In court testimony, Jo described a relationship that was not as casual as Coleman remembers it. She contends that she and Coleman talked about getting married and having children, court records say.
After her children were born, Jo said, Coleman signed papers stating that he was the father and visited the children in her home and had an overnight visit with them at his daughter's apartment.
But Coleman and court documents say that although he visited the babies at Jo's house, he did not take steps to declare that he was the children's father, such as welcoming them into his home.
And while court records say that five days after Jo delivered the triplets, Coleman signed documents at the hospital saying he was the father, Coleman said he thought he was signing forms that only confirmed that he was the sperm donor but not the father.
Coleman said he did not have an understanding of what he was signing and did not read the forms. He also did not have an attorney.
Lower courts said the documents that Coleman signed made him responsible for the children's care, but the appeals court sided with Coleman.
"The donor of semen provided to a licensed physician and surgeon or to a licensed sperm bank for use in artificial insemination or in vitro fertilization of a woman other than the donor's wife is treated in law as if he were not the natural father of a child," the court ruled.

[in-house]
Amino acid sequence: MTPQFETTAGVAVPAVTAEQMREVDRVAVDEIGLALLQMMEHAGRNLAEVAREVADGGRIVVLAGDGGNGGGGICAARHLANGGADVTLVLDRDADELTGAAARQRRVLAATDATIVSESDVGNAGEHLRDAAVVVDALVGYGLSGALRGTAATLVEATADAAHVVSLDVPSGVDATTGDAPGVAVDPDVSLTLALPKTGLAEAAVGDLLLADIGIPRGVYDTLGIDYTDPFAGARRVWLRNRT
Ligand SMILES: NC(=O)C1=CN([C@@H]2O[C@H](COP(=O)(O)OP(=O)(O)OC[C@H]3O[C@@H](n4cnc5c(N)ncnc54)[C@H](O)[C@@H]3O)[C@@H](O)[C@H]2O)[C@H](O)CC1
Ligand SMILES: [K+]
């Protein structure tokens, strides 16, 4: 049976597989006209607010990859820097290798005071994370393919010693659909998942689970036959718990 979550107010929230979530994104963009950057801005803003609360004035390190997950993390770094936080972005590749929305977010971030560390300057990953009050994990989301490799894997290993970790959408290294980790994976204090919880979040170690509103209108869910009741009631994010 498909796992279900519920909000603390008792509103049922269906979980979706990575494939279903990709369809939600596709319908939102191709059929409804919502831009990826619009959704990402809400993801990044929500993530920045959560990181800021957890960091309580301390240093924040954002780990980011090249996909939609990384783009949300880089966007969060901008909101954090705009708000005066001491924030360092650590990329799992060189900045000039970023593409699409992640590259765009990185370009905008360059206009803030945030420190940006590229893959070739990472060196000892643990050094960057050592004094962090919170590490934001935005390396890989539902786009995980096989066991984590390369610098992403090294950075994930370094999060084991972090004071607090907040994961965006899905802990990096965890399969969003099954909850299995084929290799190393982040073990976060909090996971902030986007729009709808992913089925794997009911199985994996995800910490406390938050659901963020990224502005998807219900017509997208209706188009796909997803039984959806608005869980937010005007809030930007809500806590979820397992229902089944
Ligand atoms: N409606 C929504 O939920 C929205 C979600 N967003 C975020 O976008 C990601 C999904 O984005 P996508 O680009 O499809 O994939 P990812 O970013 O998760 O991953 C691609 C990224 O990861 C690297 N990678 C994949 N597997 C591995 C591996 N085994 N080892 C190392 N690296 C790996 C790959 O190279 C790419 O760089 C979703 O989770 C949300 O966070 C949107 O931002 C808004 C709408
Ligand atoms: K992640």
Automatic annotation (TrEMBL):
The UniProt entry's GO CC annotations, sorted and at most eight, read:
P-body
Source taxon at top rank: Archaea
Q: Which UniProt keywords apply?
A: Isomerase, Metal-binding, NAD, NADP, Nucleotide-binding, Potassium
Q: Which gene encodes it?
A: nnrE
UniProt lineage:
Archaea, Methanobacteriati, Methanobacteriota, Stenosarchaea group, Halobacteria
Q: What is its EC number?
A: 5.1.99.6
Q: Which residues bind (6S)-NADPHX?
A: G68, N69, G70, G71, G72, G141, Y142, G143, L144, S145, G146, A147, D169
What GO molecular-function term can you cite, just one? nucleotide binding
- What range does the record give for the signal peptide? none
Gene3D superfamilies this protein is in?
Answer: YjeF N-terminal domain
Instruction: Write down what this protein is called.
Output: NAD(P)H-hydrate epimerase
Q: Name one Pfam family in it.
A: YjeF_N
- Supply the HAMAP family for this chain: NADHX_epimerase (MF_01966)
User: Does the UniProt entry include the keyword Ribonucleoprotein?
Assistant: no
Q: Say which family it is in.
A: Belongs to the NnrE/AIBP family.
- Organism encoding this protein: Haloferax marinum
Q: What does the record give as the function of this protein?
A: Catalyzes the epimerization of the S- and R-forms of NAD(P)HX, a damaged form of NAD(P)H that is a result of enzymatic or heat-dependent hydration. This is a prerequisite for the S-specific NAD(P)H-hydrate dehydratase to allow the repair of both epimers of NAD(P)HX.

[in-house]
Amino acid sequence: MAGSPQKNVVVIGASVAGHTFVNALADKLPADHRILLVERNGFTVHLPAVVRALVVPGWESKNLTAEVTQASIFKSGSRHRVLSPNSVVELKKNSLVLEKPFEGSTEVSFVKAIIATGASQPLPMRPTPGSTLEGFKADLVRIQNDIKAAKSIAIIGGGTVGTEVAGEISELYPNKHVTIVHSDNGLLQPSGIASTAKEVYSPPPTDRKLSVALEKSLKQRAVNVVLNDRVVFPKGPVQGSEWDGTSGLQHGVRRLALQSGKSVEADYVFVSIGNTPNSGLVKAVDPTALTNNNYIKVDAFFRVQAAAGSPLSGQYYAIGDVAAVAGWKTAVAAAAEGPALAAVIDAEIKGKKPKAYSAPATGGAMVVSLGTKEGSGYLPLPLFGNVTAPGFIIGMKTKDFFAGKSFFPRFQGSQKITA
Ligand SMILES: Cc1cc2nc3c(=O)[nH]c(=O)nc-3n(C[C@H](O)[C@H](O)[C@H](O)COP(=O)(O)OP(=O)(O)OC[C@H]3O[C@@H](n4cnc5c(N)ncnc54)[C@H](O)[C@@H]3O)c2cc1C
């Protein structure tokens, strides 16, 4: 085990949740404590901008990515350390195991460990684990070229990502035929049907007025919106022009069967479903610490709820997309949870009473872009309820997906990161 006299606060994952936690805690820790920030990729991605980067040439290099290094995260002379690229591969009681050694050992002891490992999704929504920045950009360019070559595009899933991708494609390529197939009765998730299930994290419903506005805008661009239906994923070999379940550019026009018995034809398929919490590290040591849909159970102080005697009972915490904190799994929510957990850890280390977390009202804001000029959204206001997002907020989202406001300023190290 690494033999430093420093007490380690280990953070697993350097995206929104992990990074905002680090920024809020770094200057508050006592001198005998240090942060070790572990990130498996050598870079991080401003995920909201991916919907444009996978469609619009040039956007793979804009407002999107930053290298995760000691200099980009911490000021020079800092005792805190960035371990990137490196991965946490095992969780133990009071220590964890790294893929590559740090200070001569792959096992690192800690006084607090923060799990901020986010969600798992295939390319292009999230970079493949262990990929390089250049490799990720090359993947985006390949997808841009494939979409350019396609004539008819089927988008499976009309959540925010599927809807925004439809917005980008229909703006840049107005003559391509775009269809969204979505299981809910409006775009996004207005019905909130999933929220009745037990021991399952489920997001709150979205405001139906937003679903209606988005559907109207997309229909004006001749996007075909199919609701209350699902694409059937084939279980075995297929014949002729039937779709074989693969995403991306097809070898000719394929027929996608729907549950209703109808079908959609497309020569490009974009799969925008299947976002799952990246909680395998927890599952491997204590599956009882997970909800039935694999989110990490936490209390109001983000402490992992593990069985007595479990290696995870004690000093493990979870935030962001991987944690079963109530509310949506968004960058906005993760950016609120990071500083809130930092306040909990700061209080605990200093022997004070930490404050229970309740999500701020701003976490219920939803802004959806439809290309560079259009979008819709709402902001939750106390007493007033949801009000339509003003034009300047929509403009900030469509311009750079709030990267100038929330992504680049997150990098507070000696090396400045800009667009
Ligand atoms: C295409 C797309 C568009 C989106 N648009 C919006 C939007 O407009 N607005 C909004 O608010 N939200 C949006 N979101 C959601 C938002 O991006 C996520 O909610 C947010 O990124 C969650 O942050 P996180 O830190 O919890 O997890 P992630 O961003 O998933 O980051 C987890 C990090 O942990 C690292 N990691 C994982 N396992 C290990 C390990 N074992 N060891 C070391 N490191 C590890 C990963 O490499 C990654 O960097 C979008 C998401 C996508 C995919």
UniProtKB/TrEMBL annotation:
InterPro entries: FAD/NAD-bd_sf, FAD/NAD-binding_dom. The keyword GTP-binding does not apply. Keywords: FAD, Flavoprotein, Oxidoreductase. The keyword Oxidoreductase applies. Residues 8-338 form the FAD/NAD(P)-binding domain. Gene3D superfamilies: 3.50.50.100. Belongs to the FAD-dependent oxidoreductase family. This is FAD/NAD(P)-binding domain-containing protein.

The law in Texas
In Texas, the law is similar. Lauren Duffer, an attorney specializing in reproductive technology law, said an unmarried sperm donor must intend to be the parent of a child if he donates sperm to a licensed physician for use by an unmarried woman.
"When an unmarried man donates sperm to a licensed physician or sperm bank, was it his intent to be the father or the donor?" she said. "In situations where women donate their eggs, it is more common to have a contract, but that's not often the case for sperm donors."
Duffer cautioned that people do not understand the consequences of what it means to be a donor or surrogate.
"We find lots of situations where people don't understand what they are doing. Because of the economy, people are circumventing expenses," she said.
For instance, in a surrogacy arrangement, people find agreements online when it is better to have an attorney involved.
Coleman is ready to put the case behind him. He works out several days a week at a gym in Fort Worth, and after months of training and two back surgeries, he said he is considering making a comeback.
Coleman, who said he served as an Arlington police officer from 1989 to 2000 and as a reserve officer until 2003, was quoted in a 2000 Star-Telegram article as saying he earned $500,000 a year in prize winnings, endorsements and appearance fees. On his website, bigroncoleman.com, Coleman advertises a line of nutritional supplements that he hopes to launch in September.
"I learned a very valuable and easy lesson: Never donate sperm," Coleman said. "A lot of women asked me to donate sperm. I turned them all down except for one."